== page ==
When it comes to hiring a diverse workforce, Wall Street could use a little help.
That’s what Troy Prince, founder and CEO of nonprofit organization Wall Street Bound, is trying to do.
“We know that talent and IQ is equally distributed,” he said in an interview Tuesday with Halftime Report. “Opportunity is not.
“This demographic, they do have the innate hunger [and] behavioral and cognitive abilities to succeed,” added Prince, who has worked around the world in various trading and investment firms ever since graduating from New York University’s Stern School of Business in 1992.
“It is only a matter of connecting them with the opportunities through education and access.”
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Minority workers have been particularly hard hit during this economic downturn.
While the economy-wide unemployment rate improved in May, the rate for black Americans rose to 16.8% — the highest level in a decade. The unemployment rate for Latino workers was 17.6%, while the rate for white workers was 12.4%.
Several business leaders have pointed to America’s racial wealth gap as part of the impetus behind current unrest across the nation. Protests began after the death of George Floyd, who died in police custody in Minneapolis on May 25 after a white officer kneeled on his neck for more than eight minutes.
“So much of this unrest, this civil unrest, is tied to economic inequality,” Mellody Hobson, president and co-CEO of Ariel Investments, told CNBC last week. “That’s just a fact.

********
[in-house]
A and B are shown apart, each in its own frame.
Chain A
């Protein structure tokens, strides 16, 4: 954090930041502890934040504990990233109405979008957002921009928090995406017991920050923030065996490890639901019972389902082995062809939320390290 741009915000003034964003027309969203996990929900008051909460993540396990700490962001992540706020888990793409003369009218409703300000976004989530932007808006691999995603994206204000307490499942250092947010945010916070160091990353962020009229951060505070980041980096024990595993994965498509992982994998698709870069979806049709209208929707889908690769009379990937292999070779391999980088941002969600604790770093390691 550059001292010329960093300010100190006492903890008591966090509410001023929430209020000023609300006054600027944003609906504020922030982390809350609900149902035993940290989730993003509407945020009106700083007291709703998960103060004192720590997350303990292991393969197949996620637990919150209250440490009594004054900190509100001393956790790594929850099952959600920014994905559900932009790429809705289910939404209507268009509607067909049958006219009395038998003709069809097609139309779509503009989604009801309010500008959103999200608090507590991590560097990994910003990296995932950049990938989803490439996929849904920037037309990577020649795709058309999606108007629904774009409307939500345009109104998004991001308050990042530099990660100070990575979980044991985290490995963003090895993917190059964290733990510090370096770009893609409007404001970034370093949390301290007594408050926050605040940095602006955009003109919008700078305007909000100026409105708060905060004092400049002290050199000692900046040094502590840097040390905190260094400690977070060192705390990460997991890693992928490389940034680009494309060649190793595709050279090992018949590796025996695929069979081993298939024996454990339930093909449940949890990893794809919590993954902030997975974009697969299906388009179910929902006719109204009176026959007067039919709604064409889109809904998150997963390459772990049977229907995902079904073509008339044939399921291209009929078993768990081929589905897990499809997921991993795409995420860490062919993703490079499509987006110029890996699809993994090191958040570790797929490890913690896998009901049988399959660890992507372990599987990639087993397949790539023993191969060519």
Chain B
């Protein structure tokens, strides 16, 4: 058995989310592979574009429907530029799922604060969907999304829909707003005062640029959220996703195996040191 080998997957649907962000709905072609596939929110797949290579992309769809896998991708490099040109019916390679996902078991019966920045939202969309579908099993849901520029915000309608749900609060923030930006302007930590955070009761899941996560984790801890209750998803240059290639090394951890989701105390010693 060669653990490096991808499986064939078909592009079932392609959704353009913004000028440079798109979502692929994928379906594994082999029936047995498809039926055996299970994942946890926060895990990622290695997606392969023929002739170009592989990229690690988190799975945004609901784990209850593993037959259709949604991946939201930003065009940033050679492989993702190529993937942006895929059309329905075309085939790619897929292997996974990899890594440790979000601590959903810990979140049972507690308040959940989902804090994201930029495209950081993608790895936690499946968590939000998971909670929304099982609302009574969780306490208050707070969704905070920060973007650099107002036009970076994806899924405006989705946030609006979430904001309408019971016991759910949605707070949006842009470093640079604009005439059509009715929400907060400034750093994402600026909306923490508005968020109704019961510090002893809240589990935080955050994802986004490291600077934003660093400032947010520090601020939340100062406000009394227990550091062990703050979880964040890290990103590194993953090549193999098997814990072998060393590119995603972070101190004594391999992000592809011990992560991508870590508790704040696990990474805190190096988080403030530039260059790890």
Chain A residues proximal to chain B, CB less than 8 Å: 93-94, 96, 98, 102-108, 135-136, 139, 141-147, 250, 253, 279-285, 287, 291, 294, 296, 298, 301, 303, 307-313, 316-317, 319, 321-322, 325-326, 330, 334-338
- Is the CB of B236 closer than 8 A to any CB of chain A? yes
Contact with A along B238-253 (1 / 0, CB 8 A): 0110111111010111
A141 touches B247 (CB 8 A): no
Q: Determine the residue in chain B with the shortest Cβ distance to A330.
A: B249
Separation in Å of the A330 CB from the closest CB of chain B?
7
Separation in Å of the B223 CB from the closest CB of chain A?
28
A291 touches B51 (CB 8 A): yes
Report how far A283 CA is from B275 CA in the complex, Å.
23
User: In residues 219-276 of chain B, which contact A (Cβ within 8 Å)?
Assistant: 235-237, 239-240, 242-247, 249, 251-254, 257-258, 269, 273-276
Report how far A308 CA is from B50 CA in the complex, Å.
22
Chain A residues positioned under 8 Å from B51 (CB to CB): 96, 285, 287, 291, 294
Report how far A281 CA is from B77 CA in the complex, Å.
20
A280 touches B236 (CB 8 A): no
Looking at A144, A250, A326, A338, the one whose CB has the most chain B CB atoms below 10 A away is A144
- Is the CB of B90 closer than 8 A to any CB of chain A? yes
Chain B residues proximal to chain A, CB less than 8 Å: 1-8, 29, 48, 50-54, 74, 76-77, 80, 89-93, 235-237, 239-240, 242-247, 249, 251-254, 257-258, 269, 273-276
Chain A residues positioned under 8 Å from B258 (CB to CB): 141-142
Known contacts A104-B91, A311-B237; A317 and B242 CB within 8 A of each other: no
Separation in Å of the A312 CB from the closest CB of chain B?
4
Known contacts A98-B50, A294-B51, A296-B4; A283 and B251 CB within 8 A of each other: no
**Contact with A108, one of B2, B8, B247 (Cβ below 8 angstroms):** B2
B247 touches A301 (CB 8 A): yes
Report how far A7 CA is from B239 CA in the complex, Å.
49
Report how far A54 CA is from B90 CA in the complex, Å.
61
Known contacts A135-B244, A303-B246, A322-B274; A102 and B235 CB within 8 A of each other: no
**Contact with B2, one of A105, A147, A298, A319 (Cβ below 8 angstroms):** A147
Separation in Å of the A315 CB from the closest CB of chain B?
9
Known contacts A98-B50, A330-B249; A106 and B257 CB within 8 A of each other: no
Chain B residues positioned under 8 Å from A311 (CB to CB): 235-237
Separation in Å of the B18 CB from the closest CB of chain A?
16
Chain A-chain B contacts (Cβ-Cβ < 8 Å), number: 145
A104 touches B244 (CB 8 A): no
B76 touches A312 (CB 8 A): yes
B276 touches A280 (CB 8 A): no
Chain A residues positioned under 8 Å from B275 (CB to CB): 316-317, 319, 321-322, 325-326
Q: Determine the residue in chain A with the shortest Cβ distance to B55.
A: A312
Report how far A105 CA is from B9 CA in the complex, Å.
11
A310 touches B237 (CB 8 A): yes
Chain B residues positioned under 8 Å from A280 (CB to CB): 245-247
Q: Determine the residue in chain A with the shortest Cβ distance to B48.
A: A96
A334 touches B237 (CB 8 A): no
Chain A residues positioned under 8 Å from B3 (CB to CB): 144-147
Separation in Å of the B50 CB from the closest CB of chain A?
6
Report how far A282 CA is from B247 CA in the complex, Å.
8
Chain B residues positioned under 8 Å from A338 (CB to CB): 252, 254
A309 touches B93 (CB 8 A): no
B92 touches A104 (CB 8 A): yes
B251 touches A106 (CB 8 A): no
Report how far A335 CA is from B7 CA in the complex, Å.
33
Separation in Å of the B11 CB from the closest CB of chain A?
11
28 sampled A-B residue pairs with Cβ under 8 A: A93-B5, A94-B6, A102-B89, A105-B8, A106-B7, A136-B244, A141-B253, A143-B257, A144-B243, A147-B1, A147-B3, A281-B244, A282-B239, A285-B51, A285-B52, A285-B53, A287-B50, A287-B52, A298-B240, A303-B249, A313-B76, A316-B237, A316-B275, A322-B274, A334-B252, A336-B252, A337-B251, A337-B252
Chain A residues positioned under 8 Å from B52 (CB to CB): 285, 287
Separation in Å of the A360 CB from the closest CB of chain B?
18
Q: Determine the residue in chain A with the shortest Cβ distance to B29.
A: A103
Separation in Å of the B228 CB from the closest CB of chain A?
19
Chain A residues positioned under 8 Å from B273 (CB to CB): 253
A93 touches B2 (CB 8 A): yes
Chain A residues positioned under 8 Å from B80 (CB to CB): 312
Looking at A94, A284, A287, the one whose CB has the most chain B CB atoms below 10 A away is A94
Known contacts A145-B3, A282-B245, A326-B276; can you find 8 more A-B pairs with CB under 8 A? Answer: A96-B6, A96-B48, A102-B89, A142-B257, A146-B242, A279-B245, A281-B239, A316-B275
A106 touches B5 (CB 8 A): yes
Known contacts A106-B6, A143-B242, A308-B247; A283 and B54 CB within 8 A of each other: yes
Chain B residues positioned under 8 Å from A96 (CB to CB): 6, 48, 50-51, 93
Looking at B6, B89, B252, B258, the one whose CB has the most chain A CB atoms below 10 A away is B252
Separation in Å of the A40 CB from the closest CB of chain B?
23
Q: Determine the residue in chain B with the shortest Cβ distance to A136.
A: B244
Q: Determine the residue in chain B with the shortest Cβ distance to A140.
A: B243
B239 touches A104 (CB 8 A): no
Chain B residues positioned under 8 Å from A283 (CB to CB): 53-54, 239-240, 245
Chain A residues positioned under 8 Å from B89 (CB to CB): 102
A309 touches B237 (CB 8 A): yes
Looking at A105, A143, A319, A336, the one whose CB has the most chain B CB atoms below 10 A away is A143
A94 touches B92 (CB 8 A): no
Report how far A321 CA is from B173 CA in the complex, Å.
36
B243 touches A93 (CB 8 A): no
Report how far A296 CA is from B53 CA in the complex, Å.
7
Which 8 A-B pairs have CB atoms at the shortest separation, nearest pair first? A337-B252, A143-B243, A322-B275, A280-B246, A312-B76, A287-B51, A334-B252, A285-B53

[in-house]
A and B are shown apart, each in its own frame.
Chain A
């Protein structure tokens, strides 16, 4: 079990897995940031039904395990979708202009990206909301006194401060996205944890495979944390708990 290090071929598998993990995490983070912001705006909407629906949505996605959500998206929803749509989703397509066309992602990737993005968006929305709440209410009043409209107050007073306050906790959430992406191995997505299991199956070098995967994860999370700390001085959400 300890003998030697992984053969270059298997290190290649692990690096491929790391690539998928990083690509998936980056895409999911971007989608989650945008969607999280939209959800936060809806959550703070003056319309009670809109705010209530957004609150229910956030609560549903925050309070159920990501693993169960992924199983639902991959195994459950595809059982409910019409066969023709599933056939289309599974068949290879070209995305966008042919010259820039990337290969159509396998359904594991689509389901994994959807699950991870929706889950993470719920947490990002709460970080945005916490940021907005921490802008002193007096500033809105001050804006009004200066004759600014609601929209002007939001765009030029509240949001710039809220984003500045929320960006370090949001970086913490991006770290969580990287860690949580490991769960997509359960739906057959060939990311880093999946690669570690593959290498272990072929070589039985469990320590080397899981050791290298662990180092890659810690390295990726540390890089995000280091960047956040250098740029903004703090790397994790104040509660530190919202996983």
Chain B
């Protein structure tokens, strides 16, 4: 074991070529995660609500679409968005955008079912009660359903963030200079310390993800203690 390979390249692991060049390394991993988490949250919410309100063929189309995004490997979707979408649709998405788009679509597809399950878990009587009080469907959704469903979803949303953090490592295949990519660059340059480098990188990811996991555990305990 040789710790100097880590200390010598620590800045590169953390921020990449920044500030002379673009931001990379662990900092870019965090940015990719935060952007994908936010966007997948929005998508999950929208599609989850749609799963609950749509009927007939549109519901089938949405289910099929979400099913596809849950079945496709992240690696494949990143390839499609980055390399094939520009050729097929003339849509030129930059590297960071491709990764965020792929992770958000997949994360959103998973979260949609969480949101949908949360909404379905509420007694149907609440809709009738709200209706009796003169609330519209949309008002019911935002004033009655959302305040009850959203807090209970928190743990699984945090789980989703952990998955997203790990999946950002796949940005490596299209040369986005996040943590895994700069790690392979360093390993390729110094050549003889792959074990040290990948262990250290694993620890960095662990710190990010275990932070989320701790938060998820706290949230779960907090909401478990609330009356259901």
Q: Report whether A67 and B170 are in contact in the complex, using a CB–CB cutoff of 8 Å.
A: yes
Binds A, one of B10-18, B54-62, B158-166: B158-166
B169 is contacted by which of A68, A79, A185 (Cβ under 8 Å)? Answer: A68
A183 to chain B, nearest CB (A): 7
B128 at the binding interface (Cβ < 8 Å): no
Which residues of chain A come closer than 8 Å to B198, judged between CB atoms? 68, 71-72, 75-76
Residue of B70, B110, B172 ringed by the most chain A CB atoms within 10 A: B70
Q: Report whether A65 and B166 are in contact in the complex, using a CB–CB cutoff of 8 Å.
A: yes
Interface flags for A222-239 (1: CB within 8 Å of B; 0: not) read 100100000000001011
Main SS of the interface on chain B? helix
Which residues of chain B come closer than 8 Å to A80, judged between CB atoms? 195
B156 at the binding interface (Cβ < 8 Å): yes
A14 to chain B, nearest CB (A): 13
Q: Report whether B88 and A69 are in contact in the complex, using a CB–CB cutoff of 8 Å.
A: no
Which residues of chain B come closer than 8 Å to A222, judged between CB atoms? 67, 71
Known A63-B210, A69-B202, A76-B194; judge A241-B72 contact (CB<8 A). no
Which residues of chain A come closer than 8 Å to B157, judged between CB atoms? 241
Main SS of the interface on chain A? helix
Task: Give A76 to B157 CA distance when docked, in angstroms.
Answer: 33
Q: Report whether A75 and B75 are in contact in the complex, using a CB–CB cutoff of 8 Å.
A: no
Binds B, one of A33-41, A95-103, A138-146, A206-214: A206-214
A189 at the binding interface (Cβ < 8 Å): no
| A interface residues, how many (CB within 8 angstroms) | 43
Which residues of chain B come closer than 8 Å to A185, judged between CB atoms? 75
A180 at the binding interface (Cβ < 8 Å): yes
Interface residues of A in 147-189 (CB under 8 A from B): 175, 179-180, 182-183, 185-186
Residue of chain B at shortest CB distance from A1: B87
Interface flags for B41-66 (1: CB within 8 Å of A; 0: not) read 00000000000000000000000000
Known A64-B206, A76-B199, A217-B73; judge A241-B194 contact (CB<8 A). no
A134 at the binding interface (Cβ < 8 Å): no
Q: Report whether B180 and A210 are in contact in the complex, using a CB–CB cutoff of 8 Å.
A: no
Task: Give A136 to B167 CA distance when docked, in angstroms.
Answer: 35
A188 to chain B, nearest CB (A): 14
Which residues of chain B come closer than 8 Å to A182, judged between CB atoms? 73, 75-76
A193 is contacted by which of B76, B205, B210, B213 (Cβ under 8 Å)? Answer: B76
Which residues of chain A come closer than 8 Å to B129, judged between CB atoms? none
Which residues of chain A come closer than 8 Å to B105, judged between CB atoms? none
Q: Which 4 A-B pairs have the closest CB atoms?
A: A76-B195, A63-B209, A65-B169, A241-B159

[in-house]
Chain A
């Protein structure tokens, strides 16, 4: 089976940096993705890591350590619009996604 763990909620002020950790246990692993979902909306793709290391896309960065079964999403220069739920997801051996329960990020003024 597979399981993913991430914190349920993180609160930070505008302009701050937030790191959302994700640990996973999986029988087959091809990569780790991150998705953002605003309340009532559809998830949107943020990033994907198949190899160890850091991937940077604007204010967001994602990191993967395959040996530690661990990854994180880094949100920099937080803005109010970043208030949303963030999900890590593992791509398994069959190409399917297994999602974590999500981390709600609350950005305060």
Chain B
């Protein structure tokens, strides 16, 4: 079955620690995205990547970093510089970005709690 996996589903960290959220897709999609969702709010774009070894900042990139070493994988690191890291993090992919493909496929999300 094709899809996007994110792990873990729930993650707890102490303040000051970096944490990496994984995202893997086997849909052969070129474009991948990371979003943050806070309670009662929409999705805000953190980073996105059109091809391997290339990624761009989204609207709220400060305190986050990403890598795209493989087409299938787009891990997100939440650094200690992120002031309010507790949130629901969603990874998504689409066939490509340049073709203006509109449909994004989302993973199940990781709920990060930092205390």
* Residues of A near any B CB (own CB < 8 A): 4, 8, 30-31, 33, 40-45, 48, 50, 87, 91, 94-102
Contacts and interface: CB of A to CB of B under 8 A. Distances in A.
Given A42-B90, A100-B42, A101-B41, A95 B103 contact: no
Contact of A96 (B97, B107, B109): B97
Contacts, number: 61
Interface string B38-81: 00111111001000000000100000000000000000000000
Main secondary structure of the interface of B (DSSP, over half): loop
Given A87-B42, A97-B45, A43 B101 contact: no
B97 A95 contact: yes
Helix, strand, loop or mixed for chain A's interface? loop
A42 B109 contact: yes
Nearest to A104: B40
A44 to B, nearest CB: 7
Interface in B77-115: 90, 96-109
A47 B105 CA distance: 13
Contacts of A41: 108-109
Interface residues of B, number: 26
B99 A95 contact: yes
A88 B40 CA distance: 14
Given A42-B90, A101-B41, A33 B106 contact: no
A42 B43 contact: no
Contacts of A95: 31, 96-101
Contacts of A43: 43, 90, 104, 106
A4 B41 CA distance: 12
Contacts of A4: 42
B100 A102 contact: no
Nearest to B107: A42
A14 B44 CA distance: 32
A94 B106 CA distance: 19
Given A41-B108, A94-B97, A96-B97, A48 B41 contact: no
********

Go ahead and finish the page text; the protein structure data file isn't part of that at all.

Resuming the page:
“We need to move the needle on this economic inequality,”
Prince’s mission is to train under-served young adults, ages 18 to 24, on the ins and outs of trading. His students can either be attending college or recent graduates. Wall Street Bound will screen and accept candidates into the program and provide credentials training, as well as mentoring and support.
They’ll receive technical training through its partnership with Maverick Trading, which has been training traders for over 20 years, its CEO Darren Fisher told “Halftime” Monday.
That means they’ll learn how to trade stocks and options. Once they complete the qualification program, they will have access to the firms capital to trade and manage. They will keep between 70% and 80% of the profits they generate.
“Let’s break the chicken and the egg cycle: How do you get a job if you don’t have experience? How do I get experience if I don’t have a job?” Fisher said.
Eventually the traders will “outgrow” Maverick Trading and be ready to move on to a new job on Wall Street.
“They are going to be able to say, ‘I have experience running live capital,'” Fisher said.
“This is going to be good for Wall Street.”
—CNBC’s Sharon Epperson contributed to this report.
Disclosure: NBCUniversal and Comcast Ventures are investors in Acorns.